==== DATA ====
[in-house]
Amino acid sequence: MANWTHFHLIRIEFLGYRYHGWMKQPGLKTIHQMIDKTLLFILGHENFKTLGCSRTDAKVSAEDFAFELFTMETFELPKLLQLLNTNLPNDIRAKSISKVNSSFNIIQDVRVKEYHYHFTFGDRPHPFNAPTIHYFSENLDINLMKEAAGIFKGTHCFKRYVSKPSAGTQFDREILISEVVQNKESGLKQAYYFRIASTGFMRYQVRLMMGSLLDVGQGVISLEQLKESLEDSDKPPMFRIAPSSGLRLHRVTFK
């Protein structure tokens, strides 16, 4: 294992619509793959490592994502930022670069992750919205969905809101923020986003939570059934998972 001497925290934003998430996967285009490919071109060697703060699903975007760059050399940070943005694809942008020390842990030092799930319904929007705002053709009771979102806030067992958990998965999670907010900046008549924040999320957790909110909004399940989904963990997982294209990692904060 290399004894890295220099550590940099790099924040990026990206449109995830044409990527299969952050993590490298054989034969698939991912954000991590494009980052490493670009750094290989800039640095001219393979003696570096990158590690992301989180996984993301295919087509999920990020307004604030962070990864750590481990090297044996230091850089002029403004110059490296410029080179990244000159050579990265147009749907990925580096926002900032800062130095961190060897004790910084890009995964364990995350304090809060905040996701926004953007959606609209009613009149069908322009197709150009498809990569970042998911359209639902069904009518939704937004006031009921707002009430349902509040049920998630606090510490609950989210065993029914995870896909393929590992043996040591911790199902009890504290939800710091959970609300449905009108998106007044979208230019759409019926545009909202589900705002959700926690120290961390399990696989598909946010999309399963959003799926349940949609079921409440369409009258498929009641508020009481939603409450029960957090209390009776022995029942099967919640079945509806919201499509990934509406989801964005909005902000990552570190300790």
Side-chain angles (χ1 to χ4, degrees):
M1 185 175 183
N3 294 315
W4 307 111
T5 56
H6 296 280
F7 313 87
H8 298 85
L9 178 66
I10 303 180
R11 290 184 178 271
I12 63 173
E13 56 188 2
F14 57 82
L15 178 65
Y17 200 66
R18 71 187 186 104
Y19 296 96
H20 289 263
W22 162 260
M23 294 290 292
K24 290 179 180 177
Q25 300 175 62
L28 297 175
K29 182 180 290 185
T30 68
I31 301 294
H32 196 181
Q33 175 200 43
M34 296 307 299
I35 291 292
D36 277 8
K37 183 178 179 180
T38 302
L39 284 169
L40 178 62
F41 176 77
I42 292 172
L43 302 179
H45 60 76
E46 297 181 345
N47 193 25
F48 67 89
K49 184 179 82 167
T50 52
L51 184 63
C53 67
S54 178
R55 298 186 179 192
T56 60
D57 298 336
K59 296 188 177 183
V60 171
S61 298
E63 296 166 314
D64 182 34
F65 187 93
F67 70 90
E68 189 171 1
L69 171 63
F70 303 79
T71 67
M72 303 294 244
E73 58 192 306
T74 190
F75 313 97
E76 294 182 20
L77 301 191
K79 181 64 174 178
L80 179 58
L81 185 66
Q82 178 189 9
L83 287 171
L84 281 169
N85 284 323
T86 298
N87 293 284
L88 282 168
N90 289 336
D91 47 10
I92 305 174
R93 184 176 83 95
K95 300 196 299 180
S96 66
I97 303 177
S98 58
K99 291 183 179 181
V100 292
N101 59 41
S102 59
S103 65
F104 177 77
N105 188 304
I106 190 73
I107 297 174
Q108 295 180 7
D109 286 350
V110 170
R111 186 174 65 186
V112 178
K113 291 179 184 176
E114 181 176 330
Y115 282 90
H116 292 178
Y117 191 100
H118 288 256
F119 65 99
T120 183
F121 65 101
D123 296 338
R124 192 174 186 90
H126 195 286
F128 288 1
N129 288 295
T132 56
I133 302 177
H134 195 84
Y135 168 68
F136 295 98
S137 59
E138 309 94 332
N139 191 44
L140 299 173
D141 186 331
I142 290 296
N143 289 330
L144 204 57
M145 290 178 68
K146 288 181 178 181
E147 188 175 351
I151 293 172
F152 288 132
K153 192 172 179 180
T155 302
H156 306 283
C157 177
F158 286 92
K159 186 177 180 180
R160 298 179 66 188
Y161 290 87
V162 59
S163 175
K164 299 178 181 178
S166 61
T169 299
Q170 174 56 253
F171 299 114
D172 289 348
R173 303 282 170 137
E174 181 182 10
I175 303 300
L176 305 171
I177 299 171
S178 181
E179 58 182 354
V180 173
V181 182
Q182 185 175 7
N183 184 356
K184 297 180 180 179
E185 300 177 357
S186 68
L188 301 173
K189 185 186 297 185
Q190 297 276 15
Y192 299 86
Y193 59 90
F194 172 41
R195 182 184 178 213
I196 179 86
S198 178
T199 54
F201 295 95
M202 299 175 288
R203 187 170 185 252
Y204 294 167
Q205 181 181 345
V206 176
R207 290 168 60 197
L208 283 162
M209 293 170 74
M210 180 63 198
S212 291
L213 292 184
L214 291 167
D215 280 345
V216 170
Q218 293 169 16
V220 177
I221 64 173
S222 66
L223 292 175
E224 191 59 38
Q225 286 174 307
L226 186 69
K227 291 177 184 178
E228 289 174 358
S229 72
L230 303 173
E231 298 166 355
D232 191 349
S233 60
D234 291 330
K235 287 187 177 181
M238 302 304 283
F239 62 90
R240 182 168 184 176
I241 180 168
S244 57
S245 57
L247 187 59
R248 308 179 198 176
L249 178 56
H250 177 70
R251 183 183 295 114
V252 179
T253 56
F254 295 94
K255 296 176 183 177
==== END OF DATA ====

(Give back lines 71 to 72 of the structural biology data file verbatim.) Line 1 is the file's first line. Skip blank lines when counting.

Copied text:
L77 301 191
K79 181 64 174 178